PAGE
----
Rishi Sunak hailed his “strong and united team” at his first Cabinet meeting following the dramatic reshuffle that saw Lord David Cameron appointed Foreign Secretary and Suella Braverman sacked.

The reshuffle, which has angered some on the Tory right, has seen Sunak loyalists appointed to senior posts as the Prime Minister bids to revive his electoral fortunes.

Surrounded by a new-look Cabinet following the sacking of Mrs Braverman, Mr Sunak promised “big, bold decisions that will drive change”.

With Lord Cameron attending his first Cabinet since his resignation as Prime Minister in 2016, Mr Sunak offered a “warm welcome to those for whom it’s their first Cabinet and also a welcome to those for whom it may not be their first time”.

He said: “Our purpose is nothing less than to make the long-term decisions that are going to change our country for the better.

“I know that this strong and united team is going to deliver that change for everybody.”

The Prime Minister faces a crunch week ahead, with new inflation figures and the Supreme Court’s Rwanda ruling expected on Wednesday.

Chancellor Jeremy Hunt will also deliver his autumn statement next week.

The ruling by top judges on the landmark policy to “stop the boats” crossing the Channel will be a key moment in Mr Sunak’s premiership.

The ousted Mrs Braverman, a vocal champion for the scheme who warned on Monday she will have “more to say in due course”, could add to pressure by championing leaving the European Court of Human Rights if the Government loses the appeal.

The reshuffle is designed to prepare the Tories for the next general election, but it has also risked inflaming the rift in the Conservative Party.

Former minister Dame Andrea Jenkyns submitted a furious letter of no confidence in Mr Sunak to the Tory backbench 1922 Committee as a result of the decision.

Deputy Tory chairman Lee Anderson was among hardline MPs at a Commons meeting where concerns were shared about Mrs Braverman’s ousting after she accused the police of bias.

Conservative former Cabinet minister Sir Jacob Rees-Mogg said the reshuffle would not help the Tories win the next election, suggesting it will benefit the Reform party founded by Nigel Farage.

New party chairman Richard Holden sought to play down tensions on Tuesday, stressing the need to focus on the Labour opposition and pitching his party as a “broad church”.

Foreign Secretary Lord David Cameron
Foreign Secretary Lord David Cameron during a meeting of the new-look Cabinet (Kin Cheung/PA)

“What we don’t do is have small splinter parties ahead of a general election and then a deal cooked up behind the scenes,” he told BBC Radio 4’s Today programme.

“What you see is a broad church, Conservative Party with a common goal, united together in what it is deciding to put forward to the country.”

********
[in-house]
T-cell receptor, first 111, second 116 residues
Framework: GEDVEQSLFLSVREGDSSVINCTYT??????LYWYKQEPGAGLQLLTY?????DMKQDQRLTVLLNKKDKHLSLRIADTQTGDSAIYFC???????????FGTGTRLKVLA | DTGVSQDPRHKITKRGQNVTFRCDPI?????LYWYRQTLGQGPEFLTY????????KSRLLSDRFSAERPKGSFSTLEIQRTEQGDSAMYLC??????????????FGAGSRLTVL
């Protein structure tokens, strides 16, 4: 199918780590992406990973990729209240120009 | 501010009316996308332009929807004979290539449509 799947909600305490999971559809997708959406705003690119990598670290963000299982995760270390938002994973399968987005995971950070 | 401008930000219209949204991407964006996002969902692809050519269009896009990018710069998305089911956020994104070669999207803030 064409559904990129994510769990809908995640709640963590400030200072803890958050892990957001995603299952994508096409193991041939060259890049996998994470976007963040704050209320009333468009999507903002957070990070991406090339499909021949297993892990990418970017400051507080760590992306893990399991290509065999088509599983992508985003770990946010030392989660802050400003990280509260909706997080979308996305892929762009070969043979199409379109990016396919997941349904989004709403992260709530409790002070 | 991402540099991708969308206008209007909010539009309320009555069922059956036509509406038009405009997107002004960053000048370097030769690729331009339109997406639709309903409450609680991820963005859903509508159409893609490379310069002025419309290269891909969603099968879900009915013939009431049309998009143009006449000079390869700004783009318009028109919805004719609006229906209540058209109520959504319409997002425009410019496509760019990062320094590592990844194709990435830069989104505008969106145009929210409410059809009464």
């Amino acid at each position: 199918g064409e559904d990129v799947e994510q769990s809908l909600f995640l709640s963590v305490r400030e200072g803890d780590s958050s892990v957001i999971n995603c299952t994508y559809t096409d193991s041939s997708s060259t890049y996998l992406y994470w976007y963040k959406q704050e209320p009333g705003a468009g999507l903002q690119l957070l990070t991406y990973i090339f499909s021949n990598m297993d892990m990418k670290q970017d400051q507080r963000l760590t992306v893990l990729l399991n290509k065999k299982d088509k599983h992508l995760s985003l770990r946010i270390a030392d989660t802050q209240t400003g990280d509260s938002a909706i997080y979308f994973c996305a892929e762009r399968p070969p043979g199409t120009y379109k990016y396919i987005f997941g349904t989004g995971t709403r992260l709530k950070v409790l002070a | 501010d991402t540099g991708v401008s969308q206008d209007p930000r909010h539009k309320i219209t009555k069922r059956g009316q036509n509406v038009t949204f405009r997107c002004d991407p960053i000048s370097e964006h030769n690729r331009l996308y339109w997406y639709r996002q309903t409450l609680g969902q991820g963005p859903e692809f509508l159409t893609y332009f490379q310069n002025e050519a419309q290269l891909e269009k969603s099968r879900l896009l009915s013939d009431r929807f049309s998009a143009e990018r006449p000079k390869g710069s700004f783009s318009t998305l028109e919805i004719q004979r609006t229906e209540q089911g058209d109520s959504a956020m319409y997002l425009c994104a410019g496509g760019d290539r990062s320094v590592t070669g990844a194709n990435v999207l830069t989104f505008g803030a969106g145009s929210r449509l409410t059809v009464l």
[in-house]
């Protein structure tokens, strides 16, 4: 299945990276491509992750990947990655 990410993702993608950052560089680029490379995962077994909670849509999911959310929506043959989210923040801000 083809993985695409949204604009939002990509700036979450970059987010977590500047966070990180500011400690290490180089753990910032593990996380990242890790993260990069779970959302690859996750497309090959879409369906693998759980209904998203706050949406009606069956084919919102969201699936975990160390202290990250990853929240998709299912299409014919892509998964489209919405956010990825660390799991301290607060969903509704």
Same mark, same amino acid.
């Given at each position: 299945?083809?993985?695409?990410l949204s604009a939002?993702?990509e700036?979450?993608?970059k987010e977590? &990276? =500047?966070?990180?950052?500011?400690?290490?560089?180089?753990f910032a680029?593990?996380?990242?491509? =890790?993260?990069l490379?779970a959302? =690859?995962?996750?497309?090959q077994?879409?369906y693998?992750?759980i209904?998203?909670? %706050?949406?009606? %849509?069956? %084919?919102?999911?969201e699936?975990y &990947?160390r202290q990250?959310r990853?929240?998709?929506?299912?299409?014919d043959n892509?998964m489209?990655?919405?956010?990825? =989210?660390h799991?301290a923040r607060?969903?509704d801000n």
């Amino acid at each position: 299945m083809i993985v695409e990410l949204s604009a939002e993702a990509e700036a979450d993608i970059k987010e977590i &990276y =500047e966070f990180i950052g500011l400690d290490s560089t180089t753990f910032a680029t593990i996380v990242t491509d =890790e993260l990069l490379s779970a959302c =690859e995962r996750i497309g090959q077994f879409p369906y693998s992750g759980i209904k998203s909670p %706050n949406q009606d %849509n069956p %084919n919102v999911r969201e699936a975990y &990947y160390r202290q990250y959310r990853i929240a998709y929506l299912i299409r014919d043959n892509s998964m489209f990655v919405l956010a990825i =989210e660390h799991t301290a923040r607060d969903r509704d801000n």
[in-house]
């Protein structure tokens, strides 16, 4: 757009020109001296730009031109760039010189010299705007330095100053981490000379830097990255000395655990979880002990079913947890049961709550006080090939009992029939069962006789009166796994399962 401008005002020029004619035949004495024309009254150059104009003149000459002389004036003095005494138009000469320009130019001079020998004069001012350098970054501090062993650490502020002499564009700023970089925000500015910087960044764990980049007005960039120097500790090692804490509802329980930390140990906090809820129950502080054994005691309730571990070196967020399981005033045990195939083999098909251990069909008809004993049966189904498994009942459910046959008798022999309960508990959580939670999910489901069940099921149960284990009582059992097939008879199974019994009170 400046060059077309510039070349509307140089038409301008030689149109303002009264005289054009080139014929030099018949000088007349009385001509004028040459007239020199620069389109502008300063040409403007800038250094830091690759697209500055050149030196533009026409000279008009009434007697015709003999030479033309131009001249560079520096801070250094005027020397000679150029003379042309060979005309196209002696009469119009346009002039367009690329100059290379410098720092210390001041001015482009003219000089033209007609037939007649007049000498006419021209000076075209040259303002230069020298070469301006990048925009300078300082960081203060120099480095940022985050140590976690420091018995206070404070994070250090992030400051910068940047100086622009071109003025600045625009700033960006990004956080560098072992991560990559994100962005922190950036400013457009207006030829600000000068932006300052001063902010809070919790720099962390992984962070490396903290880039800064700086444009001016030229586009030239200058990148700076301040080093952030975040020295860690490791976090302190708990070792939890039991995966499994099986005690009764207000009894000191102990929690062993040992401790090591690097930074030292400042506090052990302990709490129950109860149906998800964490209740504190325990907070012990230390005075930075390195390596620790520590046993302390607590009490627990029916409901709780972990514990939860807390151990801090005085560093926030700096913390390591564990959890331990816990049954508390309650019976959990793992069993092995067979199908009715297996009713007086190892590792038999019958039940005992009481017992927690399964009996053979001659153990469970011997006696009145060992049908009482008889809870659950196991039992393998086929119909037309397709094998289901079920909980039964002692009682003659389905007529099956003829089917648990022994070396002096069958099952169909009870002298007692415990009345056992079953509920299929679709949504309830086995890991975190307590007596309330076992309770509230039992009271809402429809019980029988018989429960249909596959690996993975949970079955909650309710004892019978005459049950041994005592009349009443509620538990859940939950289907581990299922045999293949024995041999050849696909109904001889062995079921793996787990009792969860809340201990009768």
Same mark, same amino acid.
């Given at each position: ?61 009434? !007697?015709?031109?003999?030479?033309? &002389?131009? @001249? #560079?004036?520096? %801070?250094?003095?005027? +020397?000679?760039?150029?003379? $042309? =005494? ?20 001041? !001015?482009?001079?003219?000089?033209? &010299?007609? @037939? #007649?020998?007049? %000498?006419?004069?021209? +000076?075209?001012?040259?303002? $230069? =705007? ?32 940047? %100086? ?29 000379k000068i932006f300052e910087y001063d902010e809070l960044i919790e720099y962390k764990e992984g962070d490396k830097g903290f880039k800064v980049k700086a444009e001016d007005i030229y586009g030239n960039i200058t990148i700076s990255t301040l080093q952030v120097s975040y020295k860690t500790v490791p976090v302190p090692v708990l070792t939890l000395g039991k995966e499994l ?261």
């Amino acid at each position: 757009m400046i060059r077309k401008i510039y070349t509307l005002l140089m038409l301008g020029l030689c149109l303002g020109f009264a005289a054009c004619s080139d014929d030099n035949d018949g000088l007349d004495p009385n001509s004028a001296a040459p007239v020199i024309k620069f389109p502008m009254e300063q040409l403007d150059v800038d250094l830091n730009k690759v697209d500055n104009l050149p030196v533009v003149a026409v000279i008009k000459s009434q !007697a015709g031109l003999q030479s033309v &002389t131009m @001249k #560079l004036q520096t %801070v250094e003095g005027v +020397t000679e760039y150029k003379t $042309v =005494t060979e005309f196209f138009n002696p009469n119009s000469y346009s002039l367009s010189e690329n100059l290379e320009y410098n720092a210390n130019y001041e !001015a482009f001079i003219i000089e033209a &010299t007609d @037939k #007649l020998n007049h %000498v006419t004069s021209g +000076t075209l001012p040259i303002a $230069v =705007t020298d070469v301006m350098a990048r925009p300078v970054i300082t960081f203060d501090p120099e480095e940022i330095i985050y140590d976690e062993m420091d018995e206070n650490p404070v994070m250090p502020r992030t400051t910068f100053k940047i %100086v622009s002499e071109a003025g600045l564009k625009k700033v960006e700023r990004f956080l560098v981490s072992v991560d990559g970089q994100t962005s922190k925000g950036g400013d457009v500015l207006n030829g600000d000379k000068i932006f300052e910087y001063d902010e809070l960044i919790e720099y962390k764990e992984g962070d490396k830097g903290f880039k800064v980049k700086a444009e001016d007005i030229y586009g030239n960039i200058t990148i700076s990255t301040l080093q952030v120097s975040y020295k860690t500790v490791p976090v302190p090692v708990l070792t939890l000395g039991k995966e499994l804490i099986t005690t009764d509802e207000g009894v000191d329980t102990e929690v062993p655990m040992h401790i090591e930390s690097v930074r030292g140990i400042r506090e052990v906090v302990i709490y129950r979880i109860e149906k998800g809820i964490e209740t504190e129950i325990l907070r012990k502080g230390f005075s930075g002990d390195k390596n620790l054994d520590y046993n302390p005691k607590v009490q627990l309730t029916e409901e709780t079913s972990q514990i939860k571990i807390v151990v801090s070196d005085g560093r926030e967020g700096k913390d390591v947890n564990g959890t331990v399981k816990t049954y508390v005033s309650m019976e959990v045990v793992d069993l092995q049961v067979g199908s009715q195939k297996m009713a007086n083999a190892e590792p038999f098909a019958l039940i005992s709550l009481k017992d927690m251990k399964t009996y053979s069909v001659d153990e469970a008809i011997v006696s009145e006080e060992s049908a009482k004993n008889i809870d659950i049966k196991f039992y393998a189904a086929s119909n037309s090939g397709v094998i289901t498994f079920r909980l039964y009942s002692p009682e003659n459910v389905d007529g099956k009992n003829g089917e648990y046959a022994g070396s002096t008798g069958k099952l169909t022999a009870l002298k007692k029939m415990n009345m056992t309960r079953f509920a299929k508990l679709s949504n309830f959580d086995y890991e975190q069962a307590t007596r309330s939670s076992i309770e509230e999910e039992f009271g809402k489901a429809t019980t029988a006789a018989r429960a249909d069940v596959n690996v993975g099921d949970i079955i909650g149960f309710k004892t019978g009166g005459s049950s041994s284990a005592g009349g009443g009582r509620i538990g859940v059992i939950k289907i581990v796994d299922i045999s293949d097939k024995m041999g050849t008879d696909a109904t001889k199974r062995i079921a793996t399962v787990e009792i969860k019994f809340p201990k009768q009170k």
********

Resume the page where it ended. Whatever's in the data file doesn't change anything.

Mr Holden, elected in 2019 for the so-called red wall seat of North West Durham, replaced Greg Hands following a string of by-election losses and a mauling in council contests during his nine months in charge.

James Cleverly was made Home Secretary as he was moved from the Foreign Office to make way for Lord Cameron, while promotions included Victoria Atkins to Health Secretary and Laura Trott to Treasury Chief Secretary.

Cabinet Meeting
Prime Minister Rishi Sunak chairs the Cabinet meeting on Tuesday (Kin Cheung/PA)

In a conciliatory move to the Tory right, GB News presenter and former work and pensions secretary Esther McVey was brought back into Government as a minister without portfolio.

The return of Lord Cameron, who quit Number 10 after his defeat in the Brexit referendum seven years ago, came as a massive shock in Westminster. But past views, including his closeness with China, have come under renewed scrutiny.

He has also been critical of Mr Sunak’s scrapping of the northern leg of HS2 during a conference speech in which the Prime Minister distanced himself from the legacy of his predecessors.

Lord Cameron also faces questions over the Greensill affair, in which he privately lobbied ministers in an attempt to win Greensill Capital access to an emergency coronavirus loan scheme.

The Commons Treasury Committee said the former MP displayed a “significant lack of judgment” but cleared him of breaching lobbying rules.

The first meeting of the new Cabinet
The first meeting of the new Cabinet (Kin Cheung/PA)

Lord Cameron, in his first interview since taking up the Cabinet role, said the row was “in the past” and that he had quit all roles upon entering government.

Downing Street said the “established process” was followed for the appointment of the Foreign Secretary, with the involvement of the Prime Minister’s ethics adviser Sir Laurie Magnus.

“The preliminary discussions had taken place with the Foreign Secretary in consultation with the independent adviser on ministers’ interests to ensure all relevant interests will be managed appropriately and that new steps, if necessary, are taken to mitigate any potential or perceived conflicts of interest,” the Prime Minister’s official spokesman said.